Authors

Samuel S. Thompson '17, Gettysburg College

Rachel A. Wilkins '17, Gettysburg College

Document Type

Student Research Paper

Date of Creation

Spring 2017

Department

Environmental Studies

Abstract

Cities experience UHIs due to the thermal properties (albedo, thermal emittance, radiative flux, and heat capacity) of human-made substances and urban geometry. This study investigated the existence of an urban heat island (UHI) in Gettysburg, Pennsylvania. The goal of this project was to assess whether a small-scale city like Gettysburg demonstrates an UHI effect and, if present, the extent and magnitude of the UHI. We hypothesized that (1) temperatures within the city are significantly higher than the surrounding area, (2) the magnitude of the UHI will diminish as distance from the city center increases, and (3) the UHI will not extend further than 0.5 miles outside the city center. Air temperatures were collected using digital thermometers over four weeks along two different transects that each extended one mile from the center square of Gettysburg. Our results show that Gettysburg, despite its small size, has an UHI. A linear regression model shows that there is a strong correlation between temperature and distance from the center square. The magnitude of the UHI lessens with increasing distance from the center of town. The first two hypotheses were supported while the hypothesis that the UHI will be localized was not. Statistically analyses show that the temperature change remains significant past 0.5 miles. The results of this study demonstrate that even a small-scale city like Gettysburg create a UHI.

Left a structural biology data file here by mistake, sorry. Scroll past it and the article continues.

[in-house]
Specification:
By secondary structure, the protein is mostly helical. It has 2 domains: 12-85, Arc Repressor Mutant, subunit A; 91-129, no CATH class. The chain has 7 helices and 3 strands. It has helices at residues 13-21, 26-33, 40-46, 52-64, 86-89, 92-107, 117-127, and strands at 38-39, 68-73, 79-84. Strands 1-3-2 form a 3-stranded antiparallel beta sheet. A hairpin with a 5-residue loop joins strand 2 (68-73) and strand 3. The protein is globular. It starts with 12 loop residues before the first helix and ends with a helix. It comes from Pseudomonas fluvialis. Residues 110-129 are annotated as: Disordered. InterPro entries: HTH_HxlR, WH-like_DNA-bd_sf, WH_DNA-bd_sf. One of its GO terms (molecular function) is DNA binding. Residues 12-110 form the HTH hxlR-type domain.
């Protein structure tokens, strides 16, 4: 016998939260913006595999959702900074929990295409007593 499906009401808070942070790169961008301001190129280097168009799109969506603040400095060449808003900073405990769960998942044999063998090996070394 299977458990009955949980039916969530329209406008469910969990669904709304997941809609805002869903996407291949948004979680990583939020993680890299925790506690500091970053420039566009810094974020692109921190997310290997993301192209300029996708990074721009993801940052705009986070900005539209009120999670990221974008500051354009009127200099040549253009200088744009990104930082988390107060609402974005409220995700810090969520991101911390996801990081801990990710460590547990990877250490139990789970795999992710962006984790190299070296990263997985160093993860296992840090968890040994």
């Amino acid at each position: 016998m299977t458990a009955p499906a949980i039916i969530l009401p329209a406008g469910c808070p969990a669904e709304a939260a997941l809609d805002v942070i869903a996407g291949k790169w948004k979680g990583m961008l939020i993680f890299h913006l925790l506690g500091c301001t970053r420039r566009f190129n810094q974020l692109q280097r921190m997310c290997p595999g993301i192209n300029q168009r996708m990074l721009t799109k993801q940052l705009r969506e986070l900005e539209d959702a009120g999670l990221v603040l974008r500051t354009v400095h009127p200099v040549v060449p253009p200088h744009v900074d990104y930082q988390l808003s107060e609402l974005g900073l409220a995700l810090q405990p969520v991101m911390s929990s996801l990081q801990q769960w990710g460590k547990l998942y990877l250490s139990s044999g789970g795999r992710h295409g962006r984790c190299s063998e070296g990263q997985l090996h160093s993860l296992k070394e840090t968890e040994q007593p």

Comments

Written as an Environmental Studies Senior Capstone.

Creative Commons License

Creative Commons License
This work is licensed under a Creative Commons Attribution-Share Alike 4.0 License.

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